It’s not marketable or career-friendly, but we will have just a plain old life marked by love in a house my husband built. And there will be no greater goal this just-a-mom could ever aspire to.


Pregnancy update: I’ve popped. There’s no hiding this tummy full of twins. I’m still starving and exhausted all day errday, but it’s temporary (at least, that’s what I keep telling myself.) When it comes to napping, no one has to twist my arm. The struggle to stay awake is REAL. I want hamburgers and only hamburgers. All the hamburgers. Twin pregnancy is no joke.


Caleb has no chill when it comes to having babies.


We’ve had a lot of well-meaning people say to us “Oh I hope it’s boys. You need more sons! Caleb deserves more boys!”

Well let me tell something to you.

If there’s one thing in the whole wide world my husband deserves, it’s daughters.

I love him, and he’s a changed man, but he was a player for far too long, and a scoundrel one too many times, and it’s come back to bite him right in the freakin’ face.

This man deserves all the girls.

Karma is not a bitch; she’s a pretty little freckle-faced ninth-grader who just figured out boys exist.

Karma is a psycho 3-year-old with wild blond curls and ice blue eyes, who wants to drink cranberry juice from a Minnie Mouse cup on the way to the ballpark in a ballerina tutu.

Karma is a delightfully adorable, smiley, sparkly-eyed little baby who snuggles her daddy’s scratchy chin and coos and kisses and basically reigns supreme and gets everything she wants with her sweetness.

Karma is also a 38-year old woman who can’t stomach her coffee because she’s pregnant with twins. (So, maybe Karma is a little bit of a Krusty Krab.)

Caleb deserves to be there for every heartbreak, for every victory, for every single solitary daughter-unique issue that may crop up over the course of the next forever. I love watching him with our children. He’s a good dad to girls.

Plus we do have a son–and if that’s the only son we ever have, Merrick’s the best of the bunch.

And if God so wills it for our family, we will have babies who arrive alive; whether they are sons or daughters is not something I’m so concerned with. I will be so happy to welcome any combination of kiddos, and if it happens to be a set of daughters, we all know why.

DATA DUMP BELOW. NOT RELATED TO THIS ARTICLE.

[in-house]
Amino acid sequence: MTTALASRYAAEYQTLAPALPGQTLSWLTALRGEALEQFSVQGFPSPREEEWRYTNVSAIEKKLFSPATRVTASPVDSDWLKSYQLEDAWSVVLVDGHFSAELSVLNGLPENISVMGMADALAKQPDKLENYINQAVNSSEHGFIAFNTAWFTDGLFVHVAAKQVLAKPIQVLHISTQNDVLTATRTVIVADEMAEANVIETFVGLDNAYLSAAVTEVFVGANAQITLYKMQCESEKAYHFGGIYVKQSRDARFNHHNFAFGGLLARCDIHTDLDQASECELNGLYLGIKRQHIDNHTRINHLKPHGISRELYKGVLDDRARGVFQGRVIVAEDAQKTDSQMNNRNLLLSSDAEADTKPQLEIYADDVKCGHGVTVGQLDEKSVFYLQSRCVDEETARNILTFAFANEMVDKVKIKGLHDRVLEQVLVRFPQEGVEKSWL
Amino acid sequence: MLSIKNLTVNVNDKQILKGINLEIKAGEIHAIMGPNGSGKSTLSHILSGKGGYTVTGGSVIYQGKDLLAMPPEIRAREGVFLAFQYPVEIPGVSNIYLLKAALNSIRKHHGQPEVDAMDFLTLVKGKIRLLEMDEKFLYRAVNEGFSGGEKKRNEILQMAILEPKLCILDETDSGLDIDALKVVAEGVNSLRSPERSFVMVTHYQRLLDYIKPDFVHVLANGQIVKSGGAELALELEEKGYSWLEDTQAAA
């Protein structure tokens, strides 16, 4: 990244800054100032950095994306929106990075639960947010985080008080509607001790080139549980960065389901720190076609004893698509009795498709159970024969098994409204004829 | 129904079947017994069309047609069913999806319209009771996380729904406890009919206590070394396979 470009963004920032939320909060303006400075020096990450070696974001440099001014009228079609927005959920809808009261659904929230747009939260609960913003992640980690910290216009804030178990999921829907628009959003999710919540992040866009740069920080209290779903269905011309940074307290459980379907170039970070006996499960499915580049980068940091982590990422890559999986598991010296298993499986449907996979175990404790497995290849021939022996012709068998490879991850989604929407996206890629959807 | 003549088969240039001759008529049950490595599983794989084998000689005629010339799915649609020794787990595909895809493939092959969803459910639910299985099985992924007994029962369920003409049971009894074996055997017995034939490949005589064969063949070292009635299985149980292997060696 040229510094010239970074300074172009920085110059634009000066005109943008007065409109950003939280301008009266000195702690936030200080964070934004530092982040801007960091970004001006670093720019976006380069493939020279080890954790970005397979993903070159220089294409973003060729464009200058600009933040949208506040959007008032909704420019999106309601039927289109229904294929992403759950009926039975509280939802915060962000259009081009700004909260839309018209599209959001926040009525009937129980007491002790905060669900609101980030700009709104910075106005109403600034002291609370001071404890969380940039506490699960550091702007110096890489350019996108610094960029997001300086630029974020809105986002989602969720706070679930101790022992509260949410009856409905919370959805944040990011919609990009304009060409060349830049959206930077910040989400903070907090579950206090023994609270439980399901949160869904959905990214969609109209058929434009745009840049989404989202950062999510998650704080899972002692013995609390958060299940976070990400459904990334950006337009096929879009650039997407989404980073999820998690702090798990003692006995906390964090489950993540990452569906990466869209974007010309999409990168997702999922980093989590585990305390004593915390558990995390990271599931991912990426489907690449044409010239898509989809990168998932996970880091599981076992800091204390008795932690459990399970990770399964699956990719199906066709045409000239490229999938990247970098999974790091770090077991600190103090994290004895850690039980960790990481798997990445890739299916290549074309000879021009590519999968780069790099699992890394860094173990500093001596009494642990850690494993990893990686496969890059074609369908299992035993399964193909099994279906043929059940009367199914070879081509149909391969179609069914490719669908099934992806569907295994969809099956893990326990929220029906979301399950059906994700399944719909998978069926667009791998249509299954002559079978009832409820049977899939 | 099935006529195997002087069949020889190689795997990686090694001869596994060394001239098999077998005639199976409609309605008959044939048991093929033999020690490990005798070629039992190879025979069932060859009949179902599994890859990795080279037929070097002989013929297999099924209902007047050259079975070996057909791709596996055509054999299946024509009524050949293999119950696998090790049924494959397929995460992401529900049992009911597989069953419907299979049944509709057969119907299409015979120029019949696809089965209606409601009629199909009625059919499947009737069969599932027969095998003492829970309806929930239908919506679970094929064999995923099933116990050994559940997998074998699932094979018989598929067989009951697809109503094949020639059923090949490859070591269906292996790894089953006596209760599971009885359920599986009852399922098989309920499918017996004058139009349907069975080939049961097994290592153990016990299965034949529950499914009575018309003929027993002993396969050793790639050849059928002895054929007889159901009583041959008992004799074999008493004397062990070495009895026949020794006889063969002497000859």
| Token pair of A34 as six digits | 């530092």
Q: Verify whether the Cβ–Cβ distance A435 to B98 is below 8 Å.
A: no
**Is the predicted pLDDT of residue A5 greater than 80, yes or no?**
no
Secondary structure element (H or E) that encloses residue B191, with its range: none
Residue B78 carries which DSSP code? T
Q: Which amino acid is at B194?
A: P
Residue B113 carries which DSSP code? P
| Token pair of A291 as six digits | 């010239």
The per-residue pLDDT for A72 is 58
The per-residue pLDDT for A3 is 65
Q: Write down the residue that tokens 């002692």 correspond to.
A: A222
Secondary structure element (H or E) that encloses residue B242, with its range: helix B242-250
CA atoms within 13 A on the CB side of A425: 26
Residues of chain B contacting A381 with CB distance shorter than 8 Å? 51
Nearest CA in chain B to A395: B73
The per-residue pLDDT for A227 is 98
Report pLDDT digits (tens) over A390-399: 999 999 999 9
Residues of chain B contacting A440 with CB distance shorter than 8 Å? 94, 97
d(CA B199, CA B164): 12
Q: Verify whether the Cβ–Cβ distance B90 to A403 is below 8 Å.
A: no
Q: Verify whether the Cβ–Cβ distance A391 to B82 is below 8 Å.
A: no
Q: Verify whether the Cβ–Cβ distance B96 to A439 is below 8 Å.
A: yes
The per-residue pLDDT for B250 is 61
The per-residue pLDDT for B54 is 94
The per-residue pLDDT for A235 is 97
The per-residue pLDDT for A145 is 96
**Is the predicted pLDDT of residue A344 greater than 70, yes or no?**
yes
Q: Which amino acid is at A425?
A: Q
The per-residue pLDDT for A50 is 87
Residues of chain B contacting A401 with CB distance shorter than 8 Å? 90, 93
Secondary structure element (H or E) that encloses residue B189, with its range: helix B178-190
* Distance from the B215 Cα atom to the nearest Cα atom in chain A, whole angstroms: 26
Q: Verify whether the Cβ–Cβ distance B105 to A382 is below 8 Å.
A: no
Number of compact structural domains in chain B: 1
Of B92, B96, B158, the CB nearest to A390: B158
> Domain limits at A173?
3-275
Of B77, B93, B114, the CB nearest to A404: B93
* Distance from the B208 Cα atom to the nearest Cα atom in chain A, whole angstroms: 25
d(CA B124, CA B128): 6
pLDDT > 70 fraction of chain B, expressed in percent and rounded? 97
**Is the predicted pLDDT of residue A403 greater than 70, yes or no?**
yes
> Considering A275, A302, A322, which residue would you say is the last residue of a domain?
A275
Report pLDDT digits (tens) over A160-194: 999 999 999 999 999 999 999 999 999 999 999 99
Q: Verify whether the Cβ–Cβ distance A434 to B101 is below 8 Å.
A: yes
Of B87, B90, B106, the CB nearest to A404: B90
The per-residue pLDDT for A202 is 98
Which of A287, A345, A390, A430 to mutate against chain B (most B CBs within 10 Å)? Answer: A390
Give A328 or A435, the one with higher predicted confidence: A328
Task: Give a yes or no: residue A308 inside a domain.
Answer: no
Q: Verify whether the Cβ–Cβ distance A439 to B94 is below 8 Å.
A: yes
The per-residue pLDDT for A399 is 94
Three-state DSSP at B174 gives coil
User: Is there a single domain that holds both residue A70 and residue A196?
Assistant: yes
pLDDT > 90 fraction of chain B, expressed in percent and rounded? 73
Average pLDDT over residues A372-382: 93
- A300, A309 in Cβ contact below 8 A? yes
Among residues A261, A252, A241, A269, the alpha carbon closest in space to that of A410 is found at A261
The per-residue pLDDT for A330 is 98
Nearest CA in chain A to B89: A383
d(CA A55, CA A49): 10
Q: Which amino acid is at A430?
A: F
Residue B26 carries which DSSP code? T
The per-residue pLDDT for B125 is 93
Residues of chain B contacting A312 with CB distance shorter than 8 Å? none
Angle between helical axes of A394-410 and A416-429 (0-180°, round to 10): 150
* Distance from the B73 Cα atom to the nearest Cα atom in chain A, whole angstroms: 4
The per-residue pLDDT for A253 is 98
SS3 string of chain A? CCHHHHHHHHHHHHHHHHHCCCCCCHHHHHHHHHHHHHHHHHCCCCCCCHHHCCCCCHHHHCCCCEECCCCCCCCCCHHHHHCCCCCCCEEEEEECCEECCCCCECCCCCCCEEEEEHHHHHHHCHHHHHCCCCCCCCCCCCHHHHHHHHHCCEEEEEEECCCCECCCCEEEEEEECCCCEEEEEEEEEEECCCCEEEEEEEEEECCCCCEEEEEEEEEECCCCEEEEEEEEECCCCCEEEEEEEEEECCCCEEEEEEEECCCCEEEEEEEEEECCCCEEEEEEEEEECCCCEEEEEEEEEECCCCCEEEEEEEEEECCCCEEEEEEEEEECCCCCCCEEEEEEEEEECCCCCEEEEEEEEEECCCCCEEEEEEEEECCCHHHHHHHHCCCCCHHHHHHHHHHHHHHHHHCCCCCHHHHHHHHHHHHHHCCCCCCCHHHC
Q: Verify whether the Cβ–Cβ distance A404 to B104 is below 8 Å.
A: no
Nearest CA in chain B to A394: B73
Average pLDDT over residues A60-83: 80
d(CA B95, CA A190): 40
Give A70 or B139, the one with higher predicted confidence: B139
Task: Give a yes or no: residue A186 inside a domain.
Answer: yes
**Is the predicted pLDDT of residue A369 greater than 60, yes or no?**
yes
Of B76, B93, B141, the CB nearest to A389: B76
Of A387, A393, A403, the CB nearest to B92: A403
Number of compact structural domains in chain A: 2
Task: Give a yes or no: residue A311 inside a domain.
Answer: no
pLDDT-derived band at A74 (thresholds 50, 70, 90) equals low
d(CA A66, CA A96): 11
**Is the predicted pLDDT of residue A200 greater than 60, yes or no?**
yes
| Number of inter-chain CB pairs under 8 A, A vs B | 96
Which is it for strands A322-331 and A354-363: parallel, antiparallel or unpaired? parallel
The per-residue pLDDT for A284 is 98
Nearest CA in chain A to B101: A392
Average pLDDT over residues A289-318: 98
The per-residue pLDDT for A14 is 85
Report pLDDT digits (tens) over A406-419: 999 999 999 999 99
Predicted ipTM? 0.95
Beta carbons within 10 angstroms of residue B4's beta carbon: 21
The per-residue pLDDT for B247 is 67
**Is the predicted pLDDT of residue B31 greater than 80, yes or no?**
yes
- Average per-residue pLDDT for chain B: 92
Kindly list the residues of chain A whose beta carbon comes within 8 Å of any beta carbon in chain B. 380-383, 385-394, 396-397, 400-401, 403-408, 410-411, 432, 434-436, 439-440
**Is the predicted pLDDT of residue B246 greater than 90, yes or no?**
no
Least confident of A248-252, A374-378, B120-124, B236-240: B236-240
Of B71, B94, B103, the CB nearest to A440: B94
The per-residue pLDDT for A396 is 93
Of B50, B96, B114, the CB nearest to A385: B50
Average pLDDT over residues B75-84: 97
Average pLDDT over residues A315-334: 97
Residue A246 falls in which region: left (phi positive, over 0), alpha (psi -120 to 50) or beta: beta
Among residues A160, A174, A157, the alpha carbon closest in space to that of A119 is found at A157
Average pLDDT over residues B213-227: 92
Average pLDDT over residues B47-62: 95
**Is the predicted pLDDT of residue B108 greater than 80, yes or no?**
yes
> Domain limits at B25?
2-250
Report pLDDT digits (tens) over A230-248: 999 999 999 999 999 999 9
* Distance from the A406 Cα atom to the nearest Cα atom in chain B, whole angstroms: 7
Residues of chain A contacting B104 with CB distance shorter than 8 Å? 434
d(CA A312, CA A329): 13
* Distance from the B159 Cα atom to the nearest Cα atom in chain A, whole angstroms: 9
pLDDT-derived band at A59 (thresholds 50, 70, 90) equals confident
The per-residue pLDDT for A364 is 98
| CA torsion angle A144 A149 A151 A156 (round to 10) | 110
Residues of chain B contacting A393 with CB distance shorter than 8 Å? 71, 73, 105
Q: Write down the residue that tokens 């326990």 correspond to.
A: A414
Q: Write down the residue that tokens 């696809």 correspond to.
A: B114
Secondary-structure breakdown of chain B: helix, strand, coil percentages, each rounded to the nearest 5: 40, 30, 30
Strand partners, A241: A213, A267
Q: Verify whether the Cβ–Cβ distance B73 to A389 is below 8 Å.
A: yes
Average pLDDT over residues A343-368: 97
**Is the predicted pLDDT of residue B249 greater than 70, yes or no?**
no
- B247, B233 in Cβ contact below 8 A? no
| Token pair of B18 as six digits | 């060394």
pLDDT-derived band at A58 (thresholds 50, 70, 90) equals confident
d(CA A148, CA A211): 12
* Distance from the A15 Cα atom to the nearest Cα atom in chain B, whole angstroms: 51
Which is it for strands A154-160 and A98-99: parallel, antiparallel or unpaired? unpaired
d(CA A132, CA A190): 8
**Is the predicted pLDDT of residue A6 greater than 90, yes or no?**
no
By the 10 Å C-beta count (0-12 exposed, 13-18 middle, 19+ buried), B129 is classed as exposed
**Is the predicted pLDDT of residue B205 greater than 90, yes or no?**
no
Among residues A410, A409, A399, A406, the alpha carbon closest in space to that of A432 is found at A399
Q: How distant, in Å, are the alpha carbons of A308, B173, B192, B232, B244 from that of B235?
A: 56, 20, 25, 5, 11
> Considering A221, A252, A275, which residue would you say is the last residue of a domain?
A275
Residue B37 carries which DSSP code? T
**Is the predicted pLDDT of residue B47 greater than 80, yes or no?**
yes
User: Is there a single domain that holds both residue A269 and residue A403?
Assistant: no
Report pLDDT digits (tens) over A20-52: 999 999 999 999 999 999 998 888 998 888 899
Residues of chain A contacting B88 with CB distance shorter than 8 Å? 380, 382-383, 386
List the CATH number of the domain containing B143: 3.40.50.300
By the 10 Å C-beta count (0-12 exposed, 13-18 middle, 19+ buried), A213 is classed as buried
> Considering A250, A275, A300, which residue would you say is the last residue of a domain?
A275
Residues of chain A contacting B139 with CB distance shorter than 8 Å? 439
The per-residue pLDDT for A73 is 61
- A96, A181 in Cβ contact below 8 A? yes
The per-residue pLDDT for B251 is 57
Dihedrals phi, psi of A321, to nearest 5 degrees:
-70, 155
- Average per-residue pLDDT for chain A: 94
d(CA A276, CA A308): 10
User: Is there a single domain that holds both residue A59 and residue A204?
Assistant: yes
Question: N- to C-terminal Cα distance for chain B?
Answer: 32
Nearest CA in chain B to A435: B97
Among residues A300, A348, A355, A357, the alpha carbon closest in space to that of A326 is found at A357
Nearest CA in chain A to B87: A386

the day my head exploded

Well. I tried. I tried so hard to not say anything. I really did.

You guys I’m all about government officials creating foreign policy based on what they believe is in the country’s best interest. I’m not saying I always agree with it, but I can at least try to respect a decision made for honest reasons. (Unless the decision is completely evil, like separating children and parents and locking people in cages.) Also?


Not a fan of Sarah Sanders and the Trump administration’s claims that they’re separating families at the US/Mexico border because its “very biblical to enforce the law. That is actually repeated a number of times throughout the Bible.” Or Jeff Sessions’ little chestnut from the book of Romans about government officials being ordained by God for the purpose of order.

Ohhhh Kill me. DEAD.

I cannot with White House folk quoting scripture and falling back on “Christian principals” in order to defend the cruelty of the policies they created.

2 things: God gave us the words in the Bible. But because words just couldn’t cover everything, he gave us the Word Made Flesh: Jesus Christ. And that guy? Would not be too pleased about children and parents being treated the way our country is treating them. Cause, you know, that whole thing about every person being made in the image of God (however illegal). And the story of the Good Samaritan. And also the Beatitudes, plus the entire Sermon on the mount.

A god that condones the separation of children from their parents, or a god who turns away thousands of people fleeing their homes who are desperate to escape the tyranny and danger of their own country?

Is not my God.

Come to think of it, there’s not a verse in the Bible where Jesus says “Treat people like animals if that’s what the law requires, because Caesar is Lord over Me plus it’s in the OT. Why am I even here again?Geez, it’s almost like you guys need Me to show you a different way to live.”

And if we can’t take Jesus’s word for it, let’s reflect on the book of James. Chapter 1 verse 27 says “Pure and undefined religion in the sight of God is this: to look after orphans and widows in their time of need, and to keep oneself unstained by the world.”

“To look after orphans and widows”–I think it goes without saying that we’re meant to take care of all people in distress, no matter where they come from. I definitely don’t need the government to measure my obedience to Christ based on whether or not I agree with their heinous laws and practices.

And let’s talk about about James 2:13: “Judgement will be merciless for the one who has shown no mercy. Mercy triumphs over judgement.”


The Bible is super convenient when we can quote a verse that suits our purposes. But what about the really hard verses that tell us to love our enemies, to pray for those who persecute us? The chapters upon chapters and books upon books speaking out against injustice and against the satanic forces at work through the super powers of the day and age? What about lessons on forgiveness, and of turning the other cheek?

If we’re quoting the Bible for any reason, we can’t forget that Jesus was the embodiment of God’s loving grace and mercy. We must realize that we are the Romans, wielding our weapons and flaunting our power and sacrificing our humanity in the name of national security.

We must always remember that Jesus’s death on the cross points us to a newand better way: love.

Shoot People Say When You Have 2000 Children